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Jarrell Miller gets back in heavyweight mix with Gerald Washington fight

Photo by Rosie Cohe / Showtime
08
Jul

His mouth is maybe a half step ahead of the strength of his resume, but Jarrell “Big Baby” Miller cannot and will not be contained, will not heed any advisors who tell him to chill, play it patient, be the humble giant as he continues his ascent up the heavyweight ladder.

The 29-year-old Brooklyn-born boxer, who went from kickboxing to the squared circle, and now finds himself thisclose to a title shot should he get past Gerald Washington July 29 at Barclays Center, talks smack.

Copiously and skillfully, he talks s__t about current foes and perhaps future foes, and here’s his answer when informed that a former heavyweight contender has advised him to cool it, let his wondrous actions speak for him.

“Nah.”

Monte Barrett, a friend of mine who challenged a couple times for crowns, and indeed is a humble warrior sort, commented on an Instagram post/boast from Miller (18-0-1 with 16 KOs; last fought August 2016 when he stopped Fred Kassi in three) about what he’s going to accomplish.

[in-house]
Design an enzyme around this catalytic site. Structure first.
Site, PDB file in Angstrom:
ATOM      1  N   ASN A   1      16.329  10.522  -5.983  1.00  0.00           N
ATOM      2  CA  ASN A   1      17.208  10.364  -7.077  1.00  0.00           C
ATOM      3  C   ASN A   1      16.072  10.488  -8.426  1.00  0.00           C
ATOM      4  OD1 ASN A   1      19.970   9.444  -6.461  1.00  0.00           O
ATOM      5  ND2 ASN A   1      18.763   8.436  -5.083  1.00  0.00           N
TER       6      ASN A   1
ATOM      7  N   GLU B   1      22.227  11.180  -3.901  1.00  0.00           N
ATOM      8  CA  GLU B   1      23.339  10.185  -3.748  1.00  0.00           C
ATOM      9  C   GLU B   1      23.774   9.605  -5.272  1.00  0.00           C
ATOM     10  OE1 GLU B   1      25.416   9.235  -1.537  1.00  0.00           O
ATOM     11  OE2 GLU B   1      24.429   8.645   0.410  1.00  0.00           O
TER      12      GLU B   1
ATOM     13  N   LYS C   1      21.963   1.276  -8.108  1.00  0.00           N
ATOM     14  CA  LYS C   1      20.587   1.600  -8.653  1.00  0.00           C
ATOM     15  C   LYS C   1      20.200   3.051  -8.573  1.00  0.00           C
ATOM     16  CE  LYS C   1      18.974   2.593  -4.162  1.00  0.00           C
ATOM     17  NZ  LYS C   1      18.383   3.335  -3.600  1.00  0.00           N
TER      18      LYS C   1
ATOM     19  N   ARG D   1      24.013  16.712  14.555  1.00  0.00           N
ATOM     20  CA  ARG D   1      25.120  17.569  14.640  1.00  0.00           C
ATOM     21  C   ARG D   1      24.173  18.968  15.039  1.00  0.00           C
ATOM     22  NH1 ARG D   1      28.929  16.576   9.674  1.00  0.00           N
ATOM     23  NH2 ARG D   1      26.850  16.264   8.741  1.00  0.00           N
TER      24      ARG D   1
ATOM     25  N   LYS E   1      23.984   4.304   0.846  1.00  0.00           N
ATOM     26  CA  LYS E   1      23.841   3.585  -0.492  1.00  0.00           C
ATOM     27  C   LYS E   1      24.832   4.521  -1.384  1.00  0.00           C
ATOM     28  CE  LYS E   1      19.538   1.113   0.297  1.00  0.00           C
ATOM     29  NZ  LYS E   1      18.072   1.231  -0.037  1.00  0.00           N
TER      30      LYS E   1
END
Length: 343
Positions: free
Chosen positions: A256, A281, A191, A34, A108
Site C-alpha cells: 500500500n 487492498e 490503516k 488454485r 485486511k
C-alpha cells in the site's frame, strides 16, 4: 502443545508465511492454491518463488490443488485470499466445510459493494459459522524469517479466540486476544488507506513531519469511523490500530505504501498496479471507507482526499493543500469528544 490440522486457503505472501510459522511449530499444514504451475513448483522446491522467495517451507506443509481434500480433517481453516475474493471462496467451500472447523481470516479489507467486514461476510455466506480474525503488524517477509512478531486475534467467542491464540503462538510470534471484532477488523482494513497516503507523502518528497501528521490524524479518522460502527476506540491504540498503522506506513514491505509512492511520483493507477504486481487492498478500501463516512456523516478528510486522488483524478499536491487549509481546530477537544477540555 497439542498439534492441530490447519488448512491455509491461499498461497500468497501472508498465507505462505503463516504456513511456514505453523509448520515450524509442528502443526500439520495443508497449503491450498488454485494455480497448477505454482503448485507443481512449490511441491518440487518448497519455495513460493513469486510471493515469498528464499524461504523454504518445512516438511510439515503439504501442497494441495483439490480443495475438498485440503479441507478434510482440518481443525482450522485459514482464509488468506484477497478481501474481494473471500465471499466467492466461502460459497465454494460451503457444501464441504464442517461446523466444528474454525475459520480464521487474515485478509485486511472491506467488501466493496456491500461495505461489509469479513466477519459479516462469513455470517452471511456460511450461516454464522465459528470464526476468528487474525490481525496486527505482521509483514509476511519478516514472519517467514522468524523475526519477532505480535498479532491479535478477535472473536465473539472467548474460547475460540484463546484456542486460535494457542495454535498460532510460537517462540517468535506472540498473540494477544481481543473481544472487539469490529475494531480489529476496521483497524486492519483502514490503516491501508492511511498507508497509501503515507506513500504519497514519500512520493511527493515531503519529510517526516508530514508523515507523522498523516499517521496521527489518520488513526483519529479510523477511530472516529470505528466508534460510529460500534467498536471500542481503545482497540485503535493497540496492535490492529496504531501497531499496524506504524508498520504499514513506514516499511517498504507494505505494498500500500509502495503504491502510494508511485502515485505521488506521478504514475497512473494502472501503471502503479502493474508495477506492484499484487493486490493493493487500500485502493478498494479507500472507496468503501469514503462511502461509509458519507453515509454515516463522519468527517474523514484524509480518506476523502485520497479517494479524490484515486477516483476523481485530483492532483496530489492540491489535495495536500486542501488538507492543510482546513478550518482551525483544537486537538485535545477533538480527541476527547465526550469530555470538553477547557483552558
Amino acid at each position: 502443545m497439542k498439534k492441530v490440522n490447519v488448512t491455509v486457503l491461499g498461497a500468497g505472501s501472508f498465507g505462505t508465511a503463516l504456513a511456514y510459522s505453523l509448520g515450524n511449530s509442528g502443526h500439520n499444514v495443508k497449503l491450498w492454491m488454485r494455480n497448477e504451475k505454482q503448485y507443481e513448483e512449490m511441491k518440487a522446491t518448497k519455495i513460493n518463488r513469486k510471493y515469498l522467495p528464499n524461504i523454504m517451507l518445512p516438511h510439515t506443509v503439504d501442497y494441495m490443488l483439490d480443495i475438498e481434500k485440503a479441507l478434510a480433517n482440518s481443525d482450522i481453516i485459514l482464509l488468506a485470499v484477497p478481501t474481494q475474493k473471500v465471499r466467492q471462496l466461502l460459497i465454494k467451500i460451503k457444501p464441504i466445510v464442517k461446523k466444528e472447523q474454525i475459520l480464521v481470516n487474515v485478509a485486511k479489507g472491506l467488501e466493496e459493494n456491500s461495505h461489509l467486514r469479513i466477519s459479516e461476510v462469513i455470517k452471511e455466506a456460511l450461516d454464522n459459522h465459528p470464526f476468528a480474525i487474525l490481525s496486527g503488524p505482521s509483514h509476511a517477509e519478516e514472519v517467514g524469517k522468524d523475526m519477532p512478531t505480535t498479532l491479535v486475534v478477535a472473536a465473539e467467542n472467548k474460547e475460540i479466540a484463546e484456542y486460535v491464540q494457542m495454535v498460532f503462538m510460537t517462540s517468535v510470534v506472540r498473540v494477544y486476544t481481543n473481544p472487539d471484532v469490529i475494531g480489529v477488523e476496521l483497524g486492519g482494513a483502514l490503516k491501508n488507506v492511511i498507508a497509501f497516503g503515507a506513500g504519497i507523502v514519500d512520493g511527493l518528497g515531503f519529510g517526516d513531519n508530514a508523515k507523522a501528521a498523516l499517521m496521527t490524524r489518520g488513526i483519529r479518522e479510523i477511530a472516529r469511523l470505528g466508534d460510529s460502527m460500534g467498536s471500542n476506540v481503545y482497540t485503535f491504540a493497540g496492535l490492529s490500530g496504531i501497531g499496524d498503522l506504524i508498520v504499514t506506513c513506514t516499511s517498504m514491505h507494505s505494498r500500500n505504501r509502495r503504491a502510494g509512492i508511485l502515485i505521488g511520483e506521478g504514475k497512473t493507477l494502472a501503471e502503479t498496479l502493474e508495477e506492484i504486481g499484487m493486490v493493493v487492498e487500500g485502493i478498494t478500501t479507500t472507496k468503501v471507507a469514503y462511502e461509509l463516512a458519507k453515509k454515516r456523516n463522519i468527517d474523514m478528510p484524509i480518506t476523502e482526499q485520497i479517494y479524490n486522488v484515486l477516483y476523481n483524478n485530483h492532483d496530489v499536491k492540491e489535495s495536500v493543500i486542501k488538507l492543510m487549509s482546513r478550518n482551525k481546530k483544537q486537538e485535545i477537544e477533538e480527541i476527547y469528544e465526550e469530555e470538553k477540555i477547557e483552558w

Let your actions speak for you, was the message from Monte.

Miller isn’t about that.

“It’s one thing to be quiet and humble outside the ring,” he said on the phone from the gym he owns in Astoria, Queens, New York. “But I’m putting my life on the line in there! Monte was from Brooklyn, but people never wanted to hear his interviews. He may be older, but he’s not wiser!”

Understand, Miller has the schtick down. He isn’t actually in a mode to bite Barrett’s head off, mind you. But he gets it…that to stand out in this age, where everyone has a publishing platform and fight writers get 30 press releases a day, or more, that you have to stir that pot. Conor McGregor, he noted, stirred the pot so hard he conjured up the opportunity of a lifetime, and will make a mint fighting Floyd Mayweather Jr. Aug. 26.  (“I see McGregor getting knocked out in four or five rounds, Miller told me, by the way.)

The 6-foot-4 hitter, who walks around sometimes at 300 or so pounds, has been off since last summer. He and co-promoter Dmitriy Salita had to hash out new contractual terms in court, and that took time.

“I been hitting the notebook, doing my homework, research, getting the business side down pat,” Miller told me. “The court situation is behind me, we worked it out, now it’s full speed ahead. I’m thankful Showtime believes in me. Now, I am taking this fight sort of on short notice. I got word less than a month ago. Because there is a difference in training and then training to be ready for a fight.”